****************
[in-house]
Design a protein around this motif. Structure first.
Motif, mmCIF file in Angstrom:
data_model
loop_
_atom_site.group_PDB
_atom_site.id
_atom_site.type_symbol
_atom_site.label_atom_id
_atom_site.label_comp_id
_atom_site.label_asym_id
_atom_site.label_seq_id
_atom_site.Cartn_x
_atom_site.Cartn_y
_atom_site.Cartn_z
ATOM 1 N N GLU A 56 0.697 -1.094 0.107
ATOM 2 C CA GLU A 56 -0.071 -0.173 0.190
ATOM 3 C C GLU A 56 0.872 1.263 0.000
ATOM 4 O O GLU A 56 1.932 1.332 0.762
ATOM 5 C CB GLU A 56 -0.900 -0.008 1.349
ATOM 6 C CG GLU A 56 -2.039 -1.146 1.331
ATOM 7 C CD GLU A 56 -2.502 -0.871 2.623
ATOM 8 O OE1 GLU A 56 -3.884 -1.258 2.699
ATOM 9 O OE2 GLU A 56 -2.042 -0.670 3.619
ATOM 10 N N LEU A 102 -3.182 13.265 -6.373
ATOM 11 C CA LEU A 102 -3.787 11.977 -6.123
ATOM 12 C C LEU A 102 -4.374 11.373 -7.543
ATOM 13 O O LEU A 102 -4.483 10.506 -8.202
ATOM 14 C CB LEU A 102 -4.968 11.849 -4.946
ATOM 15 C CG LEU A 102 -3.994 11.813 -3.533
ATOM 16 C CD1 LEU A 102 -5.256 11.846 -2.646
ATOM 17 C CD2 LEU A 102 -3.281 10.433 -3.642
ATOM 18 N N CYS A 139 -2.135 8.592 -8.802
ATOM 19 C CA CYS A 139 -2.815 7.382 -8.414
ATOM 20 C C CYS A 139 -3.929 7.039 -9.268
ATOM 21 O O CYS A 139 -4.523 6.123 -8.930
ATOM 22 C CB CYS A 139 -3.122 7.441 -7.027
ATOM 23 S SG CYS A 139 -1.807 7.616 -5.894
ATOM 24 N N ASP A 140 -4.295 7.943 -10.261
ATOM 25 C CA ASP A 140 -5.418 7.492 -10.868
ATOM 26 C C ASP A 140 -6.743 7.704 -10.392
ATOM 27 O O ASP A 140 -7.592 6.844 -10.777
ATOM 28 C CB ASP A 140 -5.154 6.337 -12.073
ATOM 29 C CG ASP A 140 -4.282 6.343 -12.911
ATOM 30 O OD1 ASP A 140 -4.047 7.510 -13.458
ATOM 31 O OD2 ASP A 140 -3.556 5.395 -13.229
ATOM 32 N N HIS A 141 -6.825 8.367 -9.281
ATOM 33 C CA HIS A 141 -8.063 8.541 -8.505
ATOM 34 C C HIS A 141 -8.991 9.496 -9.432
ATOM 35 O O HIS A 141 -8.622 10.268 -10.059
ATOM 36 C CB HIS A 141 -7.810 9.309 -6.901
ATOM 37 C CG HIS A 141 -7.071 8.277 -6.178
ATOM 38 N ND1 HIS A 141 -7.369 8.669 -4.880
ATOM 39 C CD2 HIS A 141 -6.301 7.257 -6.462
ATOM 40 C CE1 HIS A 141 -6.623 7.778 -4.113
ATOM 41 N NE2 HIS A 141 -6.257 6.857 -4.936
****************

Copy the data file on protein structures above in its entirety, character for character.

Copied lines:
[in-house]
Design a protein around this motif. Structure first.
Motif, mmCIF file in Angstrom:
data_model
loop_
_atom_site.group_PDB
_atom_site.id
_atom_site.type_symbol
_atom_site.label_atom_id
_atom_site.label_comp_id
_atom_site.label_asym_id
_atom_site.label_seq_id
_atom_site.Cartn_x
_atom_site.Cartn_y
_atom_site.Cartn_z
ATOM 1 N N GLU A 56 0.697 -1.094 0.107
ATOM 2 C CA GLU A 56 -0.071 -0.173 0.190
ATOM 3 C C GLU A 56 0.872 1.263 0.000
ATOM 4 O O GLU A 56 1.932 1.332 0.762
ATOM 5 C CB GLU A 56 -0.900 -0.008 1.349
ATOM 6 C CG GLU A 56 -2.039 -1.146 1.331
ATOM 7 C CD GLU A 56 -2.502 -0.871 2.623
ATOM 8 O OE1 GLU A 56 -3.884 -1.258 2.699
ATOM 9 O OE2 GLU A 56 -2.042 -0.670 3.619
ATOM 10 N N LEU A 102 -3.182 13.265 -6.373
ATOM 11 C CA LEU A 102 -3.787 11.977 -6.123
ATOM 12 C C LEU A 102 -4.374 11.373 -7.543
ATOM 13 O O LEU A 102 -4.483 10.506 -8.202
ATOM 14 C CB LEU A 102 -4.968 11.849 -4.946
ATOM 15 C CG LEU A 102 -3.994 11.813 -3.533
ATOM 16 C CD1 LEU A 102 -5.256 11.846 -2.646
ATOM 17 C CD2 LEU A 102 -3.281 10.433 -3.642
ATOM 18 N N CYS A 139 -2.135 8.592 -8.802
ATOM 19 C CA CYS A 139 -2.815 7.382 -8.414
ATOM 20 C C CYS A 139 -3.929 7.039 -9.268
ATOM 21 O O CYS A 139 -4.523 6.123 -8.930
ATOM 22 C CB CYS A 139 -3.122 7.441 -7.027
ATOM 23 S SG CYS A 139 -1.807 7.616 -5.894
ATOM 24 N N ASP A 140 -4.295 7.943 -10.261
ATOM 25 C CA ASP A 140 -5.418 7.492 -10.868
ATOM 26 C C ASP A 140 -6.743 7.704 -10.392
ATOM 27 O O ASP A 140 -7.592 6.844 -10.777
ATOM 28 C CB ASP A 140 -5.154 6.337 -12.073
ATOM 29 C CG ASP A 140 -4.282 6.343 -12.911
ATOM 30 O OD1 ASP A 140 -4.047 7.510 -13.458
ATOM 31 O OD2 ASP A 140 -3.556 5.395 -13.229
ATOM 32 N N HIS A 141 -6.825 8.367 -9.281
ATOM 33 C CA HIS A 141 -8.063 8.541 -8.505
ATOM 34 C C HIS A 141 -8.991 9.496 -9.432
ATOM 35 O O HIS A 141 -8.622 10.268 -10.059
ATOM 36 C CB HIS A 141 -7.810 9.309 -6.901
ATOM 37 C CG HIS A 141 -7.071 8.277 -6.178
ATOM 38 N ND1 HIS A 141 -7.369 8.669 -4.880
ATOM 39 C CD2 HIS A 141 -6.301 7.257 -6.462
ATOM 40 C CE1 HIS A 141 -6.623 7.778 -4.113
ATOM 41 N NE2 HIS A 141 -6.257 6.857 -4.936